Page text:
During the in-runs, you’ll appreciate its stability and solidness as you’re landing.

While I wouldn’t recommend it for an all-out jib board, but for everything else, this freestyle board would be my number one choice.

Shape and camber profile

I’ve always been wary of hybrid profiles, but this ladies choice changed my mind as it knocks everything out of the park.

The Pro-Choice asymmetrical twin profile with a hybrid rocker profile is unique for pipe snowboarding. It gives the rider extra contact on the heel edge when riding up the backside of the halfpipe.

It feels easier to press onto the board and popping into a jump as the Pro-Choice gives you a lower activation angle and a better balance on your heelside.

Another awesome feature is what GNU calls the C3 profile.

It’s a hybrid rocker with a mild rocker between the feet but with a more pronounced camber section on either side of the feet.

It rides closer to a traditional cambered snowboard in terms of grip, stability, and pop. These key elements are essential for reducing the loose feeling common to the rockered board and important if you’re hurtling towards a jump at high speeds.


GNU Pro Choice is a twin shape with a centred stance, so it’s automatically easy to ride switch.

Combined with the asymmetrical profile, the GNU makes the toe and heel side feel more natural, and more importantly, allows you to snowboard the board in all directions.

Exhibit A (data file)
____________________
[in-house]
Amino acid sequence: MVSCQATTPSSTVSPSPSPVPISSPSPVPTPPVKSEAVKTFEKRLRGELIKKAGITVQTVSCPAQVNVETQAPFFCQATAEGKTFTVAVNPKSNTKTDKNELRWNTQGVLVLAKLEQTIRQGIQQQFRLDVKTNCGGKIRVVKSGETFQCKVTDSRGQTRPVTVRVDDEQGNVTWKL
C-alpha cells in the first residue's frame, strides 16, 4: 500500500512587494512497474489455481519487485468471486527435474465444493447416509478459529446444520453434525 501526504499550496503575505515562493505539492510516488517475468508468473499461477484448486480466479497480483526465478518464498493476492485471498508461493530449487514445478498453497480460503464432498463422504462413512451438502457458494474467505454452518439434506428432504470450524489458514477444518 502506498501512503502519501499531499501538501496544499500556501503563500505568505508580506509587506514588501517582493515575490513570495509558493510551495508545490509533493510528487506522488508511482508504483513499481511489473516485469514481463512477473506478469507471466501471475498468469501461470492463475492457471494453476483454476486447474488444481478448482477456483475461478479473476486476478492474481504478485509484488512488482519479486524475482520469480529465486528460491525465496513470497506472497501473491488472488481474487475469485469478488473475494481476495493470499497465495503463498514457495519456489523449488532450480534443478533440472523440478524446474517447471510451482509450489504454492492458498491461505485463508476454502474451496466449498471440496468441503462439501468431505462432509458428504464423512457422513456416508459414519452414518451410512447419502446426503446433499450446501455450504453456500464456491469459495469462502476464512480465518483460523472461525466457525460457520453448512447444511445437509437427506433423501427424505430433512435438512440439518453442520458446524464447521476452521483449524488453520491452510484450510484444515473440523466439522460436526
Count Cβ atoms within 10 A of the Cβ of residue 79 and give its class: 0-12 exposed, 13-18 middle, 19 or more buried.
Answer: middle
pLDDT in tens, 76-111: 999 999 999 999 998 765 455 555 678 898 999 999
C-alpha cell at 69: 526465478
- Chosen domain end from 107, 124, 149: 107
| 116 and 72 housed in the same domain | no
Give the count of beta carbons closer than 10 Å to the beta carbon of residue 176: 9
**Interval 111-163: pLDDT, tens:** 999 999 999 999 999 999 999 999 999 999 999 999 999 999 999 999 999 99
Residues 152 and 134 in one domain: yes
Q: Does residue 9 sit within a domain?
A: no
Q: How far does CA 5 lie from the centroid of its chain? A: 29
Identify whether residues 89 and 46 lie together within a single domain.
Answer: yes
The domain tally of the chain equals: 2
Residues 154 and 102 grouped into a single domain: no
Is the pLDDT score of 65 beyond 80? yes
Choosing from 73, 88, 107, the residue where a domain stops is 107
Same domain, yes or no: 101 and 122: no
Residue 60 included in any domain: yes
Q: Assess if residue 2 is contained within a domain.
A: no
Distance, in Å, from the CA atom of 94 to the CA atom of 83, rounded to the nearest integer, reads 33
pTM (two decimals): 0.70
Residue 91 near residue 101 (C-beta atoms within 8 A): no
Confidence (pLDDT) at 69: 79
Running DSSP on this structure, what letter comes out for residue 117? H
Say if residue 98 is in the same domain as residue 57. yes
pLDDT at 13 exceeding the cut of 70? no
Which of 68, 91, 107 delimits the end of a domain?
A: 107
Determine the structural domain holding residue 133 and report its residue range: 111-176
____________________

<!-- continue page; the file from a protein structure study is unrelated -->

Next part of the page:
Edge Hold

Based on the specifications and customer reviews, GNU is an ideal board for the halfpipe.

The proprietary Magna Traction Edges in the form of serrated edges cut well into the hard snow and will keep you well in control of the pipe.

The serrated edges also have great hold, important for climbing the icy halfpipe.


GNU isn’t fast but not slow either.

It has a nice base, allowing it to glide well through flats, and it’s easy to snowboard reasonably fast before it starts to chatter or gets wobbly.



#5 Emsco Group – Supra Hero Snowboard - Great for Beginners


For entry-level riders aged 5 to 15 expressing great interest in halfpipe snowboarding, the Supra Hero from the Emsco Group is one of the best boards to help them progress through their desired level.

But how does it fair on big air and as a halfpipe snowboard?

Features and Benefits

Solid Core Construction

What makes the Supra Hero a great choice for kids practising their basics are the excellent beginner-friendly features it comes with.

They enhance the comfort for the young learners and greatly assist them through the beginner stages as they warm-up for the challenging big-mountain terrains and the park conditions.